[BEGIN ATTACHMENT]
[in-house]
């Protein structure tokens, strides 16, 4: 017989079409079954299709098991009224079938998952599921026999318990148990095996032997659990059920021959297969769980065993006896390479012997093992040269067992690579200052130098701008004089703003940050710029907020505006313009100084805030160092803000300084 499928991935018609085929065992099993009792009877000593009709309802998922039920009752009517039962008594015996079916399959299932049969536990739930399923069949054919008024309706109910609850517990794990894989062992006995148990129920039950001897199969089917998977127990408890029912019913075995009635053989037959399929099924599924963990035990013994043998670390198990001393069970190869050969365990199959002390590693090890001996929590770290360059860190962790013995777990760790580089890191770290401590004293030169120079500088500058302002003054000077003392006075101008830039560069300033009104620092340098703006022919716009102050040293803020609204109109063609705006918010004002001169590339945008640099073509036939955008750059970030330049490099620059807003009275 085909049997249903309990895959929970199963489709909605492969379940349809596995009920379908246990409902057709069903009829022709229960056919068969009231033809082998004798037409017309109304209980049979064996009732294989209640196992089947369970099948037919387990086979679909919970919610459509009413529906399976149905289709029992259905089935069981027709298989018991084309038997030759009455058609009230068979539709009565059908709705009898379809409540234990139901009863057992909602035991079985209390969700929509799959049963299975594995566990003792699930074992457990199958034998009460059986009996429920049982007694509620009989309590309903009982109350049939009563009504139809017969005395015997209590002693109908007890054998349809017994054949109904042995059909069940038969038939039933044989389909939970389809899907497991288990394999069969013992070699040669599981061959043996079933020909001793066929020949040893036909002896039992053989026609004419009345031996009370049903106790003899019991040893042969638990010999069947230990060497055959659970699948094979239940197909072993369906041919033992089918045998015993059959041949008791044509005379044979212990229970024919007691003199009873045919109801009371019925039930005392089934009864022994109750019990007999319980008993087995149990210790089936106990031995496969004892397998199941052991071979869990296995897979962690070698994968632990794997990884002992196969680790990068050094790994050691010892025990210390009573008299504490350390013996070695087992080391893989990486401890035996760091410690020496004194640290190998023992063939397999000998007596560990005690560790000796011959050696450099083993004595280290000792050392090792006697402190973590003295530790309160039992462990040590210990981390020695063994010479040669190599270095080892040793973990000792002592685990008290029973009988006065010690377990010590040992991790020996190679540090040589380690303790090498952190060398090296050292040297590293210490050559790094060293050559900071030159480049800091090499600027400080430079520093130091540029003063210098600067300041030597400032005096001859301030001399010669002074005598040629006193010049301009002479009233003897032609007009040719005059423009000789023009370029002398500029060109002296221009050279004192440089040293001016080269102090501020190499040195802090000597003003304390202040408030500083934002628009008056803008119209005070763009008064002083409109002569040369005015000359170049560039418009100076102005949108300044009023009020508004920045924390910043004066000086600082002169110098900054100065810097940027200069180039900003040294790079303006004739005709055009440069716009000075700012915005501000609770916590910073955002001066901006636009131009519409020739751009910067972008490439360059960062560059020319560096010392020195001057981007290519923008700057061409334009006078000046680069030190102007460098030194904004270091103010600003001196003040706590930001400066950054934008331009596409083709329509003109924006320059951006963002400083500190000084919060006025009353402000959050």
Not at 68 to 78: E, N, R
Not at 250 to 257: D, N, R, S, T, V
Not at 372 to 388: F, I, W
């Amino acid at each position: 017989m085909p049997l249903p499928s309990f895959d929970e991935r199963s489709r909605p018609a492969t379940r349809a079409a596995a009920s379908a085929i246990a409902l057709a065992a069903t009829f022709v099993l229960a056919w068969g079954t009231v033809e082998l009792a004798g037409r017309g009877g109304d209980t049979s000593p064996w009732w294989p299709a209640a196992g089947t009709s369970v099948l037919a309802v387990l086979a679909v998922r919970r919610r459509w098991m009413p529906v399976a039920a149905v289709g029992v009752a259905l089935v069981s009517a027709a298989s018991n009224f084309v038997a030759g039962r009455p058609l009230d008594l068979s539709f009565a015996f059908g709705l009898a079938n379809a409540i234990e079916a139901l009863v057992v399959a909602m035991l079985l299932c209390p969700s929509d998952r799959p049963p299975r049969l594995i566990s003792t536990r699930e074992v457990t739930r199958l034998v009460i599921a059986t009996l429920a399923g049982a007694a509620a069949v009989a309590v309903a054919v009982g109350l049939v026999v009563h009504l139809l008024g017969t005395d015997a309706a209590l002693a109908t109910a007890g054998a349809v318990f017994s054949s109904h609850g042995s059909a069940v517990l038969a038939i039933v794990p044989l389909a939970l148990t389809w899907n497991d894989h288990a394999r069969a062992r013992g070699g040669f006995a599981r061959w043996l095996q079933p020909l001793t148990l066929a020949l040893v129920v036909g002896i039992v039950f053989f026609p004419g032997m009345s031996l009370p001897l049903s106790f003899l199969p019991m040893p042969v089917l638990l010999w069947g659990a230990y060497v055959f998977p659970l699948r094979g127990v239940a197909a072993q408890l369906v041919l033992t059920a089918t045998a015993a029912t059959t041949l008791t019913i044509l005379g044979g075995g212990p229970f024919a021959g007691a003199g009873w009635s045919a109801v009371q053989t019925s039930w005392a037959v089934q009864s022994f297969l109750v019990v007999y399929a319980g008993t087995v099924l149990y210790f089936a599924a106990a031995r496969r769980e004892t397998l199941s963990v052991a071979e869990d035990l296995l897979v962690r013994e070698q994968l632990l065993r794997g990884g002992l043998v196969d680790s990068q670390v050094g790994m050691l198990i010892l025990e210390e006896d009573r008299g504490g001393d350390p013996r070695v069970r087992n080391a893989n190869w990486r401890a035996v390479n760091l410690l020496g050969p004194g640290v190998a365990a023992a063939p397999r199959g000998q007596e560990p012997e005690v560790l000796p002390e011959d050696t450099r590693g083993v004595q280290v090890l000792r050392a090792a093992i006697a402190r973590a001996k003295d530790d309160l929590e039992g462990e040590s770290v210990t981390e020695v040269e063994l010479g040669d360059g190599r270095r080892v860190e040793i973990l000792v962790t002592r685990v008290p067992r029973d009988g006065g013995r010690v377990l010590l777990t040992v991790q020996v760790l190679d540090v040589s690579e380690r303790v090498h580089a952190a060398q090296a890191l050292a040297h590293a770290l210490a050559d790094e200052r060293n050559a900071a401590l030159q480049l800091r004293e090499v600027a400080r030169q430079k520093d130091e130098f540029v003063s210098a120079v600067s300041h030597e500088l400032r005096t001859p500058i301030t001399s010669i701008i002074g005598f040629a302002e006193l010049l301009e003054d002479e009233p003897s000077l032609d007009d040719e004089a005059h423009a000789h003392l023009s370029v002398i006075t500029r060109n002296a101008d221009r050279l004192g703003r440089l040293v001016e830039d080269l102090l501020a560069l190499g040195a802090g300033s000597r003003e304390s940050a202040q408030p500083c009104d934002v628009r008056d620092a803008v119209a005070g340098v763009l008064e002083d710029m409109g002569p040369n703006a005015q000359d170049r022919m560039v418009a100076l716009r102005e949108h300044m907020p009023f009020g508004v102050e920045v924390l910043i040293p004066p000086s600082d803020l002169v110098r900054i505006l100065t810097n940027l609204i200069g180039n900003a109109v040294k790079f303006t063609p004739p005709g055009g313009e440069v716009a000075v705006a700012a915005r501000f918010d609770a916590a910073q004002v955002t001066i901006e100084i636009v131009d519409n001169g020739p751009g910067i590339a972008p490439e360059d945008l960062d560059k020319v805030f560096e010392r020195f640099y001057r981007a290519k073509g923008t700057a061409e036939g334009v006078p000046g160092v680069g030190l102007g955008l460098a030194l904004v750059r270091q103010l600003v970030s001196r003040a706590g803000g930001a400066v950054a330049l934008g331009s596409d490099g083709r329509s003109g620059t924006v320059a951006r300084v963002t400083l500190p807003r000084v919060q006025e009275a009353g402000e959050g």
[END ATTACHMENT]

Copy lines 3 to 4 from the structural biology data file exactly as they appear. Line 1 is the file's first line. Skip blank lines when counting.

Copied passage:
Not at 68 to 78: E, N, R
Not at 250 to 257: D, N, R, S, T, V